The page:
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Are you ready for a 4K home theater?

Though Sony released the first 4K home theater projector as early as 2012, projectors in native 4K resolution have become a big hit this past year. Several brands, such as Sony, JVC, and Epson, either expanded their commercial projector line to home theater products or developed their existing consumer-oriented projector portfolio. However, the 4K experience is not only about a display device – TV or projector. Thus, you should examine if you are ready for a 4K home theater before considering purchasing a 4K projector.

Do you have an abundant reach to 4K content?

Nowadays, you can obtain the access to 4K content by streaming online or buying a 4K Blu-ray player plus actual physical discs. Online streaming platforms, including Netflix, Amazon, Hulu, etc., have started offering 4K content years ago. However, most of these offerings are original series, like “The Crown” from Netflix and “Hand of God” from Amazon. It’s usually harder to find 4K content that is not produced by these streaming companies. On the other hand, you can choose to play discs with a 4K Blu-ray player since more and more 4K Blu-ray discs are available now and new movies in 4K on streaming services are relatively rare and more expensive.


Is your Internet speed enough?

If you decide to go with online streaming services to watch 4K movies and TV shows, you want to make sure that your Internet can do an outstanding job, particularly in the peak hours. The fantastic 4K visual joy is achieved by display devices presenting more pixels for a picture, generally four times the native Full HD resolution (1920×1080). Therefore, it usually needs the Internet to transmit four times more bytes than usual. No matter how excellent your 4K projector is or how much 4K content you purchase, an underperforming Internet will beat your high expectation.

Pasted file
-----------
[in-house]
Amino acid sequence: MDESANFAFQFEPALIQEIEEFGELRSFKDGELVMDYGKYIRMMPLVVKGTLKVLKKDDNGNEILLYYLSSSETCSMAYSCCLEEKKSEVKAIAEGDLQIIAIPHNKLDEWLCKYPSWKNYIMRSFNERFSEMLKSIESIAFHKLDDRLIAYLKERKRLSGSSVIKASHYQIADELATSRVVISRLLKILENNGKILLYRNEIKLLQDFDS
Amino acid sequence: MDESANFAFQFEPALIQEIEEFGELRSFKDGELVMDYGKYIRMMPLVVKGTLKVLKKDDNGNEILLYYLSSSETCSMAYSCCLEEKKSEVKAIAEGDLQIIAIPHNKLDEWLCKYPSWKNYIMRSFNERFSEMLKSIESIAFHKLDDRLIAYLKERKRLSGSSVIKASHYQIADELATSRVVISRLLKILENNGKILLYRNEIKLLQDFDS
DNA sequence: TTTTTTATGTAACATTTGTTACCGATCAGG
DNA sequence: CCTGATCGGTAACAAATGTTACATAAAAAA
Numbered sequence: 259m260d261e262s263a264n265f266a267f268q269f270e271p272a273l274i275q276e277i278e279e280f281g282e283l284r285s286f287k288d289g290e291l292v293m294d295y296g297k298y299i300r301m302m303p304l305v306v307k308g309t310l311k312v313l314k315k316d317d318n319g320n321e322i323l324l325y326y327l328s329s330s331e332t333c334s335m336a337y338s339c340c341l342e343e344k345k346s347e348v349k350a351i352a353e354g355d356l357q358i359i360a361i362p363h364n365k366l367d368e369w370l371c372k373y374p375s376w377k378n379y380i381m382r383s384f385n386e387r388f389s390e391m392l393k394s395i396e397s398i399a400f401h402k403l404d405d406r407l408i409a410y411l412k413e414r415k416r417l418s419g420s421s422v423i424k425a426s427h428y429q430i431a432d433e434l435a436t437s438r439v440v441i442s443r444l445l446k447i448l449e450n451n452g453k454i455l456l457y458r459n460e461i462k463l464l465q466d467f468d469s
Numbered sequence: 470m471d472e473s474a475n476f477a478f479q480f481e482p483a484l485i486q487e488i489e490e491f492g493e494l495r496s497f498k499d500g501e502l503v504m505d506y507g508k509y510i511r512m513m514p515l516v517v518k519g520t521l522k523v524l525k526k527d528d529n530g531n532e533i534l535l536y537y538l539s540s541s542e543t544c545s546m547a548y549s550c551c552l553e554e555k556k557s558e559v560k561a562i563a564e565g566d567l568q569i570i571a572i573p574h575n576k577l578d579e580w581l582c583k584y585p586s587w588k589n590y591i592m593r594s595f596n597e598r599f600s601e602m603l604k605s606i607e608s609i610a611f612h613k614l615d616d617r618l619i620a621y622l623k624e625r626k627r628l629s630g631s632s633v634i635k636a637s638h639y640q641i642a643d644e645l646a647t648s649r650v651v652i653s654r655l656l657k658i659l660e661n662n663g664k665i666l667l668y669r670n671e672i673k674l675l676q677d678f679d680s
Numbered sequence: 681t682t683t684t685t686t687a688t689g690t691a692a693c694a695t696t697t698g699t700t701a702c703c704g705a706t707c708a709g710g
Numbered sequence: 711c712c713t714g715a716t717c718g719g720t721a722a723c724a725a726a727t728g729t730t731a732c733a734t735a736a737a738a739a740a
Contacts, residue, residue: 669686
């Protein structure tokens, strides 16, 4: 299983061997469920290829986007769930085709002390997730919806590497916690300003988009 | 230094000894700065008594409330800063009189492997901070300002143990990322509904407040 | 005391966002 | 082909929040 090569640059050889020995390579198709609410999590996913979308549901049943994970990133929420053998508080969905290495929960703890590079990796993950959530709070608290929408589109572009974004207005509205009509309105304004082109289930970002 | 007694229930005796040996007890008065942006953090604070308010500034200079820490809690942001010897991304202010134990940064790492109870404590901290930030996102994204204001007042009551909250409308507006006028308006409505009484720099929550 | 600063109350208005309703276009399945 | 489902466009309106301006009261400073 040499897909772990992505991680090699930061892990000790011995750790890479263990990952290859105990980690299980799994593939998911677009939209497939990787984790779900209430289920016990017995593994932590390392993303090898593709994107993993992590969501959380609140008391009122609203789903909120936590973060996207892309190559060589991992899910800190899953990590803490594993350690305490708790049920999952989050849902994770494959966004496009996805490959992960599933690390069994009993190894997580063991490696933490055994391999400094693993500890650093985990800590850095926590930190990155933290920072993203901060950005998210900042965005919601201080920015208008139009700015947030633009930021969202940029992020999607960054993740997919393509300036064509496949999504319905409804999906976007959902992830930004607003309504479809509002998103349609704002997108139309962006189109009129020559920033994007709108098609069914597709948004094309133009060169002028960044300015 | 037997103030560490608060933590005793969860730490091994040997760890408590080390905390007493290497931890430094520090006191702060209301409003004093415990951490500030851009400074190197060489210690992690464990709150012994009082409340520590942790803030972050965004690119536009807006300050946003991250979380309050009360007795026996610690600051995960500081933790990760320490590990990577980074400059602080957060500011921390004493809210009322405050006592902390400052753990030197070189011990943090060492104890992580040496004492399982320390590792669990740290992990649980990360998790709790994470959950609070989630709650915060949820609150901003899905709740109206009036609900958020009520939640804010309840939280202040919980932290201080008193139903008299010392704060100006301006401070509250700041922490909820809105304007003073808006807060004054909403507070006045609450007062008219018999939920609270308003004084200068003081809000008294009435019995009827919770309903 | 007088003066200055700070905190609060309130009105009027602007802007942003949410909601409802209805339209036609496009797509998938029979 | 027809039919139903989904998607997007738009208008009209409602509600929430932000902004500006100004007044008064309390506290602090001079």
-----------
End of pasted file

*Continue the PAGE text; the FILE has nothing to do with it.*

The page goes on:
How much does it cost to set up a 4K home theater?

With all above factors being considered, let’s now look at the cost. The least expensive model we have observed on the market is Optoma UHD60, priced at $1,999, although its native resolution (3840×2160) is not as high as Sony VPL’s, which is true 4K (4096×2160). Keep in mind that the price can go upwards of $60,000 but it is providing viewers an experience significantly close to a commercial movie theater. Moreover, regarding 4K content, Netflix requires members to subscribe to a higher tier that costs $11.99/month while Amazon requires $99/year Prime subscription and offers some titles for $19.99 and up. If you prefer physical players, a 4k Blu-ray player is priced somewhere around $200. On top of that, a usual 4K Blu-ray disc costs $15 and up, but it normally includes a standard 1080P Blu-ray and access to the digital copy.


If you are ready for everything mentioned here, congratulations! Sit tight and enjoy the explosive 4K experience.


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